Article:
Safer Internet Day is tomorrow. The internet is the most fantastic tool. I can’t imagine how anybody would do without it at all. But the internet and social media can also be a risky place. It also provides a unique tool for bullying, like nothing we’ve seen before. It can be vicious, it’s immediate, it’s global and frequently permanent in a way that we’ve not seen historically. I want to see young people being safe and enjoying their time online, which is why I’ve worked for many years in cybersafety presentations for schoolchildren, because self-protection is critical. The AFP and state and territory police deliver ThinkUKnow. There have been 17,031 presentations to 127,449 students across Australia. What a great job. Thank you to every local police officer who’s delivering those presentations. Volunteers delivered 22,493 presentations to parents, carers and teachers.
When I look at the ThinkUKnow resources, I find I can use a number of their overheads in my cybersafety presentations to school groups, parents, community groups, because education is a key to managing online risks. ‘Cyberbullying—what it is’ is one of the overheads I use from ThinkUKnow, as well as ‘The effects of cyberbullying’, ‘Why people cyberbully’, ‘How young people can help their friends who are being cyberbullied’, and ‘How to stay in control’. What ThinkUKnow tell a young person is: ‘Don’t start it. Don’t start cyberbullying. Think before you hit “send” or “post” when you’re posting something mean. Don’t be part of it. Say no if someone tries to involve you in cyberbullying, and don’t let it get out of control. Talk to someone—a trusted adult, the kids’ helpline, parents, police or a teacher.’ Cyberbullying ruins lives and costs lives.
I read an article in The West Australian which said that children as young as three are addicted to smartphones and tablets. Seventeen per cent of children under three and 36 per cent of preschoolers have their own smart device. The Child Health Poll by the Royal Children’s Hospital in Melbourne said that, on average, children spend 32 hours a week on devices and 43 per cent use devices at bedtime. I read a global report from DQ Institute that said that kids aged eight to 12 spent 32 hours on devices per week for entertainment and 15 per cent of those had accessed pornography online, 11 per cent actually met online strangers and seven per cent had sent or received sexual content.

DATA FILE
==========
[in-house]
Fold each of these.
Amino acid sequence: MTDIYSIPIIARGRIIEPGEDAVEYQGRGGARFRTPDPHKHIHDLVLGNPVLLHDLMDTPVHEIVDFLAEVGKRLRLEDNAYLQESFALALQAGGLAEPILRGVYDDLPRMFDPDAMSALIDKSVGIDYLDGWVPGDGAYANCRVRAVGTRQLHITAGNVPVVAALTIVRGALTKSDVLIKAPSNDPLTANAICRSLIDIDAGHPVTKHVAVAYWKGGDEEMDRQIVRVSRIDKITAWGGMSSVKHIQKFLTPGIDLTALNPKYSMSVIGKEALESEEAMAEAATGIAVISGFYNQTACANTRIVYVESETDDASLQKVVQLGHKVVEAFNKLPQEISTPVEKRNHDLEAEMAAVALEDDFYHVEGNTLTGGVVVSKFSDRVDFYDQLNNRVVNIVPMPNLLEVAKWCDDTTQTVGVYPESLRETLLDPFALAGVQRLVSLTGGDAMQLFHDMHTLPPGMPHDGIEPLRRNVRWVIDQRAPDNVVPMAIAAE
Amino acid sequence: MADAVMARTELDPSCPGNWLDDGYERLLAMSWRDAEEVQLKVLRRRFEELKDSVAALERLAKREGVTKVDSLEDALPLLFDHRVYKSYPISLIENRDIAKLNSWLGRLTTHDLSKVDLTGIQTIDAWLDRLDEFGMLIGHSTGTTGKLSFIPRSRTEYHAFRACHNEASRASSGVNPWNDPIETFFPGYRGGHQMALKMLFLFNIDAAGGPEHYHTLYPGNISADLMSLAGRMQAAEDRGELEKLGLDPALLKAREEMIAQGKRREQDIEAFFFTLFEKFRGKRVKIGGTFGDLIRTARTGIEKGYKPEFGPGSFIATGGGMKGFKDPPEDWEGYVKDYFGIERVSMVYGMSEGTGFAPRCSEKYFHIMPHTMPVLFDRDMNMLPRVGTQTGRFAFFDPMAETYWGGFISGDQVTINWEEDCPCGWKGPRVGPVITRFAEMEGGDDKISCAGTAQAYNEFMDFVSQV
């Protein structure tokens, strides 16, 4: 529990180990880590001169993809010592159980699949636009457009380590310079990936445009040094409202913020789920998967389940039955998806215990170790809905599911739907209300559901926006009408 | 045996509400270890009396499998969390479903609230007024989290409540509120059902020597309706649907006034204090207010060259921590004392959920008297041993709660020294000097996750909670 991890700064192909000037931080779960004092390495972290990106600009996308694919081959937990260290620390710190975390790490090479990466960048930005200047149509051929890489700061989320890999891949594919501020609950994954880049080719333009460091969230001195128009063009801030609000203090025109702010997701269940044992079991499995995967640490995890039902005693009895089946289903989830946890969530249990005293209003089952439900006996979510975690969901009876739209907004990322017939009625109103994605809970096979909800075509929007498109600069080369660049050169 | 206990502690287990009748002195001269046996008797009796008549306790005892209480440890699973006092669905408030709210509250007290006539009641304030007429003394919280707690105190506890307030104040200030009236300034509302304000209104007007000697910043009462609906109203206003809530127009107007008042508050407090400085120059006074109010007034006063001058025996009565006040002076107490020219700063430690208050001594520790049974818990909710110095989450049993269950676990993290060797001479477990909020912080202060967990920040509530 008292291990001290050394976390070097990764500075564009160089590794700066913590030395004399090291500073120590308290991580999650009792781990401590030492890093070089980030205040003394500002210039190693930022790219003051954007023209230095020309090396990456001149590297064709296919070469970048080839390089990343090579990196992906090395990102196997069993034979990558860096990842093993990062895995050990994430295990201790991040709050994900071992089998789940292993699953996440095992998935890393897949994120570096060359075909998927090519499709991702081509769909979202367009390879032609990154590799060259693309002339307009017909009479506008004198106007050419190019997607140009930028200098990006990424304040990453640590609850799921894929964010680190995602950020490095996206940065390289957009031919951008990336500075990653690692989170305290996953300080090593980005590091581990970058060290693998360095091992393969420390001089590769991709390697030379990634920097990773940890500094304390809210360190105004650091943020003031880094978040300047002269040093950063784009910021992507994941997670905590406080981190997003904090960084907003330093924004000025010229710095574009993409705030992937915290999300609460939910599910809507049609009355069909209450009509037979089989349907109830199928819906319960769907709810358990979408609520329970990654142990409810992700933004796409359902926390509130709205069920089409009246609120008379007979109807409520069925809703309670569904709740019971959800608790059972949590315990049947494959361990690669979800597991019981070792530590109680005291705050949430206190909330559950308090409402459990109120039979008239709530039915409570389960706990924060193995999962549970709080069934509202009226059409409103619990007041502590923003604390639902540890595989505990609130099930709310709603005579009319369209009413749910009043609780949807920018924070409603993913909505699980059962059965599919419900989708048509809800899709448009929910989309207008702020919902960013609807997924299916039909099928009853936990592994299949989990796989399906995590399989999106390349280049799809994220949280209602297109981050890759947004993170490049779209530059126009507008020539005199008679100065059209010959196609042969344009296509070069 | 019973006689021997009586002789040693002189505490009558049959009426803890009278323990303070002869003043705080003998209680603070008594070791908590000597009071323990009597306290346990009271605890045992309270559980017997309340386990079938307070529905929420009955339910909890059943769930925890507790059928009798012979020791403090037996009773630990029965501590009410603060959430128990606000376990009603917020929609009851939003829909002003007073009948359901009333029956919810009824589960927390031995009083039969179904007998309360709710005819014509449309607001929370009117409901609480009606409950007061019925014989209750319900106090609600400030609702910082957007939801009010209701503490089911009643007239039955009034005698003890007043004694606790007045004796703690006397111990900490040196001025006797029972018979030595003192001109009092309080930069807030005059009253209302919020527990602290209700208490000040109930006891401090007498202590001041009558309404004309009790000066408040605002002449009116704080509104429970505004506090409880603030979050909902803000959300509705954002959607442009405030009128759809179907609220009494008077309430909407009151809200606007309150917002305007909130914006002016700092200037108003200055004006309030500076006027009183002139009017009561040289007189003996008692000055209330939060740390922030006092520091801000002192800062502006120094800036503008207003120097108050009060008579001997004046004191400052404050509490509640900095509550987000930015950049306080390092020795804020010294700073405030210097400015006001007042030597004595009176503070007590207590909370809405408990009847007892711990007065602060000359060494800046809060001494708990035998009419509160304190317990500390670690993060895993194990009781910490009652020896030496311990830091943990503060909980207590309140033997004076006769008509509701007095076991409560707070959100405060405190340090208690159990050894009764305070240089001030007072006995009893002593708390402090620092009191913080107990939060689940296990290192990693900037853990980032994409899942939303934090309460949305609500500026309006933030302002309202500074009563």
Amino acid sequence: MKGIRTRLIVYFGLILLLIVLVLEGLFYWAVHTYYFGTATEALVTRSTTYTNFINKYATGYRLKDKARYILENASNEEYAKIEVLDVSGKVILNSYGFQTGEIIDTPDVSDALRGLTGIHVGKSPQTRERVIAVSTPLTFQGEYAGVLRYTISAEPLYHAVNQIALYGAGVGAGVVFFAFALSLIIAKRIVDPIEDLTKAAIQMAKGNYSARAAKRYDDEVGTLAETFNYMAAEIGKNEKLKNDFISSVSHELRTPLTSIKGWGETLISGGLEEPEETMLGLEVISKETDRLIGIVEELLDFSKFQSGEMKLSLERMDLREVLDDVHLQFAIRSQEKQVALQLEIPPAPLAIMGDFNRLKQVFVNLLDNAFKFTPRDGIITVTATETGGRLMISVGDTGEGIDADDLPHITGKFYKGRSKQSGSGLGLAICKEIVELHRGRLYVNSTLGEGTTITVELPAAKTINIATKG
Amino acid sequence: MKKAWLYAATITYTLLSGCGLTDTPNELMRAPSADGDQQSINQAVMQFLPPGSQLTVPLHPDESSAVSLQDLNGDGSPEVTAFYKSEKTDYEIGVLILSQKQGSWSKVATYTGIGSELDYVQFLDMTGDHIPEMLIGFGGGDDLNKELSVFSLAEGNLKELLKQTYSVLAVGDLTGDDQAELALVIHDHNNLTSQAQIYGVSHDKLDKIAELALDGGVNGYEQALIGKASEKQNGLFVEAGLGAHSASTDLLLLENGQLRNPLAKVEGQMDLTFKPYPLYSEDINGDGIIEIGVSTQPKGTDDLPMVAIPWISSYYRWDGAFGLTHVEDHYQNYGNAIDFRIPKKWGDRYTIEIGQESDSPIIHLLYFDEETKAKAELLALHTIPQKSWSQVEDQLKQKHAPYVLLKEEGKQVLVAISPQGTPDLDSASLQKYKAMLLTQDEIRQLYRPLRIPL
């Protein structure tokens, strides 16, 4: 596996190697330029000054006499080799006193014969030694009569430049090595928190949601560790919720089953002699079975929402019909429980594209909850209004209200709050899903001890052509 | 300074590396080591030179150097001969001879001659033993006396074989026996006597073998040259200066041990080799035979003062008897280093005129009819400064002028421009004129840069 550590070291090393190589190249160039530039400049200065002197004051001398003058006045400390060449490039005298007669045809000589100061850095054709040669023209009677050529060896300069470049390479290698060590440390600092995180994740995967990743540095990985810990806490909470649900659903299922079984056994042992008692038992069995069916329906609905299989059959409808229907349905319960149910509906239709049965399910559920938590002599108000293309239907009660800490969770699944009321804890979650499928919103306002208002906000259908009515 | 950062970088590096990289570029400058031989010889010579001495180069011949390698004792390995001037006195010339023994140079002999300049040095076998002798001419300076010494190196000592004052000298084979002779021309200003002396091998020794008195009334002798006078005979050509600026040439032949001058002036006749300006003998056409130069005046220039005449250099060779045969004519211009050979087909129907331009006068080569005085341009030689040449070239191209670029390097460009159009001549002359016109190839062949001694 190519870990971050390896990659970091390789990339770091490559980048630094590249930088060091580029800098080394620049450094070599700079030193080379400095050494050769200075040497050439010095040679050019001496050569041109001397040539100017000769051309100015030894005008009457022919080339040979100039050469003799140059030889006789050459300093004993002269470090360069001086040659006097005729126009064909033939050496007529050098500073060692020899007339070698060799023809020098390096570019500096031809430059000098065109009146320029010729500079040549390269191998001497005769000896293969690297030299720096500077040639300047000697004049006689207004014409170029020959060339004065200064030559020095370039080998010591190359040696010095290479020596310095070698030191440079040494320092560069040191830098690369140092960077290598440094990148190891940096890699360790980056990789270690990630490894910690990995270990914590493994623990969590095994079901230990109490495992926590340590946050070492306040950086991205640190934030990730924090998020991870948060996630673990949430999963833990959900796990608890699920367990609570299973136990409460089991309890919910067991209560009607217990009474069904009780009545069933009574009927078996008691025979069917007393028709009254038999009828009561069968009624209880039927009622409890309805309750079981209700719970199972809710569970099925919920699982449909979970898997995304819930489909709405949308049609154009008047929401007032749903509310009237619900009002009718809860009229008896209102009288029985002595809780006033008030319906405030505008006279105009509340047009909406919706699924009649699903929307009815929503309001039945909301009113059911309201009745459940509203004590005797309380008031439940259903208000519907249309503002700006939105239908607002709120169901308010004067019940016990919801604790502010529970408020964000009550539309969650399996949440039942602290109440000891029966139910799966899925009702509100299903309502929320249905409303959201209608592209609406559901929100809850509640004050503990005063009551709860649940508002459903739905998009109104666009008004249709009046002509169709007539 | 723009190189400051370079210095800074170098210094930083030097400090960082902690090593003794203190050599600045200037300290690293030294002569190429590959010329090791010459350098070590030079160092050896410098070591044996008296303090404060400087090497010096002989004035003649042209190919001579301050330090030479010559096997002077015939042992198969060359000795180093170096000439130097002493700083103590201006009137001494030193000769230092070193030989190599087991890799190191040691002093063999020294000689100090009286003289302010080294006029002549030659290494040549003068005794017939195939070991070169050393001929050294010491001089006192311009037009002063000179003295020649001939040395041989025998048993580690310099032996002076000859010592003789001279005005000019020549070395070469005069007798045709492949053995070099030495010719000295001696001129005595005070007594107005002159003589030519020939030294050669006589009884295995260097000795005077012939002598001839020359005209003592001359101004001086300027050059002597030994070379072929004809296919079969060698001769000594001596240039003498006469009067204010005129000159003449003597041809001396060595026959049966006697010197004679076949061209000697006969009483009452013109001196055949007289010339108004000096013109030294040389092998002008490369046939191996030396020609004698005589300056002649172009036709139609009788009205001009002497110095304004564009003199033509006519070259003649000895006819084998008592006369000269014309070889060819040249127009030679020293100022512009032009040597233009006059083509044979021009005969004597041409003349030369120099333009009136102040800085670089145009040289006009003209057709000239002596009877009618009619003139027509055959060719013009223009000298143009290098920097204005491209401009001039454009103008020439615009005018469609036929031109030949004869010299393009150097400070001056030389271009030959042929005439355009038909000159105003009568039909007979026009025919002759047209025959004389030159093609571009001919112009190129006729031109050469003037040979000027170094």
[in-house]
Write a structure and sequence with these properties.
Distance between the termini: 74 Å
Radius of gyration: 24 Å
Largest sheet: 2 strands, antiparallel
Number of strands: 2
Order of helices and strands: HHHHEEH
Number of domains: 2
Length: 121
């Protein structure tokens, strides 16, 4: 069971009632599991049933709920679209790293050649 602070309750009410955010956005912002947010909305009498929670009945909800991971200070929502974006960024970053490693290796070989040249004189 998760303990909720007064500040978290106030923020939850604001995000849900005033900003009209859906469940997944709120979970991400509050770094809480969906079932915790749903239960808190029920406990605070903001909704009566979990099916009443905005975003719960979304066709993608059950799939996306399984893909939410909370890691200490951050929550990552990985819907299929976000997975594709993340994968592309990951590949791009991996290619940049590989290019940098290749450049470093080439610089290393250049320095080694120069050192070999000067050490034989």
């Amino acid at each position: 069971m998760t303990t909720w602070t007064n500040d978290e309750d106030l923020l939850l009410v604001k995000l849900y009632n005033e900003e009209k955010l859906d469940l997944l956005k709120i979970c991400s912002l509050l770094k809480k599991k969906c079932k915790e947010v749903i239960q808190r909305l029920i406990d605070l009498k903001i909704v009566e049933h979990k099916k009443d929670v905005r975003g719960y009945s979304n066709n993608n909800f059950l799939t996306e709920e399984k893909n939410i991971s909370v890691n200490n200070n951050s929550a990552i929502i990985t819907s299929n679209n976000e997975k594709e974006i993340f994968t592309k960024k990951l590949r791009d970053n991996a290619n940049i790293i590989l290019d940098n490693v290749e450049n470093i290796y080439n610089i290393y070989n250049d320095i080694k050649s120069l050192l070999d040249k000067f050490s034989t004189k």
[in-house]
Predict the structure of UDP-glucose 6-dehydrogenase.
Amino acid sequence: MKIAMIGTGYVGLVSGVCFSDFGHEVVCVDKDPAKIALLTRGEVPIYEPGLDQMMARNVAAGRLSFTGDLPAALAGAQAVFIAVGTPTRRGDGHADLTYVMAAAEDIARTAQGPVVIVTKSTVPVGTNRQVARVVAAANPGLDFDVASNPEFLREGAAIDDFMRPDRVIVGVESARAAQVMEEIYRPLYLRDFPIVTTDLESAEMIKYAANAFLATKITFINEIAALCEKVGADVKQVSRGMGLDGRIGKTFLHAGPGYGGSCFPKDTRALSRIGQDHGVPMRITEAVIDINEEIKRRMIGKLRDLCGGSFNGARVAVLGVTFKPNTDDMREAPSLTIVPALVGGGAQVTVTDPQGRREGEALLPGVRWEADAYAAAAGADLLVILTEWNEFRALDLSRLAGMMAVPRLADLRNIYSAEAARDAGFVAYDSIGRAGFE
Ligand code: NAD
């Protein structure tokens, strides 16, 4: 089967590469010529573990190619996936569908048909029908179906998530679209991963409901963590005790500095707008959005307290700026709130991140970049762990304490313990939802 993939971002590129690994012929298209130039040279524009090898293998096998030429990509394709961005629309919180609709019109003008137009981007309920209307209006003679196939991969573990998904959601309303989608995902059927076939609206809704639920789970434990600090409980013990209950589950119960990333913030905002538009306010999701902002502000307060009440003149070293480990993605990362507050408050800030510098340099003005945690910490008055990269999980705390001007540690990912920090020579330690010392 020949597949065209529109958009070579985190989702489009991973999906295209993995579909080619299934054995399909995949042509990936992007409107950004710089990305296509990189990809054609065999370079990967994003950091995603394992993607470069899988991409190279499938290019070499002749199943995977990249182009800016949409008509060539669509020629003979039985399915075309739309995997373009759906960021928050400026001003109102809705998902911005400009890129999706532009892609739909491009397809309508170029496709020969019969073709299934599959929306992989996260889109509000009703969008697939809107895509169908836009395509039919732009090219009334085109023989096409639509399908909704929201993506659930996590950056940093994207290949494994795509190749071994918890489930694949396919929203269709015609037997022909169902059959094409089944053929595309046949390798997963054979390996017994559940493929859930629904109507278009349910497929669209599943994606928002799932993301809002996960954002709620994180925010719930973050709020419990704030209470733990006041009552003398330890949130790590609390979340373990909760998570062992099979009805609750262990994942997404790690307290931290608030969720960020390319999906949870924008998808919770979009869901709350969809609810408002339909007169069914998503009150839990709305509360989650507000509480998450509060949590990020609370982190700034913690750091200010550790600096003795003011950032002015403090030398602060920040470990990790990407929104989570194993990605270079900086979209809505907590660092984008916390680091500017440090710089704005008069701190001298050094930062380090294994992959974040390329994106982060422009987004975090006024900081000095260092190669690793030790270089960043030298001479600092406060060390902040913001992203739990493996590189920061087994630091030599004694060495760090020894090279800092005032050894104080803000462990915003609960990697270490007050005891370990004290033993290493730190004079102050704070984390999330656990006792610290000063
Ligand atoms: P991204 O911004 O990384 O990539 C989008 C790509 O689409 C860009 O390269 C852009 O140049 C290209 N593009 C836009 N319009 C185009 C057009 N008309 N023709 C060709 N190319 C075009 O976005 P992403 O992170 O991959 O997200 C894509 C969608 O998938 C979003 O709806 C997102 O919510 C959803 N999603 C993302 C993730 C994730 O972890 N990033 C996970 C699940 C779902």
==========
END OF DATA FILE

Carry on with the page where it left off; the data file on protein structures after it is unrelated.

I say to the parents: ‘What do you know about what your children are doing online? What social networks and apps and games are they using? What are the risks of these? Do you talk to your children about what they’re doing and what they’re seeing online? Do you know about Facebook, Instagram, Snapchat, YouTube, Musically, WhatsApp, Skype, Twitter, Periscope, happn, Messenger, Pokemon Go, Tinder and Kik? Do you know much about the age restrictions on games like Call of Duty, Minecraft, Candy Crush and Clash of Clans?’ There’s a wonderful new ThinkUKnow resource called the SOS Guide to Cybersafety for parents, and I would encourage parents to look at this and use it.
I want to congratulate, again, Sonya Ryan, who established the Carly Ryan Foundation. We now have Carly’s Law, and that’s as a result of much work by Sonya. It’s a law that targets online predators who have the purpose of delivering sexual harm and sexual activity with a child. That’s what it’s aimed at. That’s what caused Carly’s death, and it was done online. A man was pretending to be a teenager. He was actually 50-plus-year-old online predator, Garry Francis Newman. I thank Sonya for all her work, and she isn’t stopping, which is really good.
I look at the ThinkUKnow Top Tips page. It says:
Start the cyber safety conversation with your child and let them teach you about what they do online.
… take an interest in how your child uses technology. Why not have a go and trial the apps yourself—
the ones that I’ve mentioned and the ones your children are using—
Speak with your child about respectful relationships—
and that includes online relationships.
Create a Family Online Safety Contract.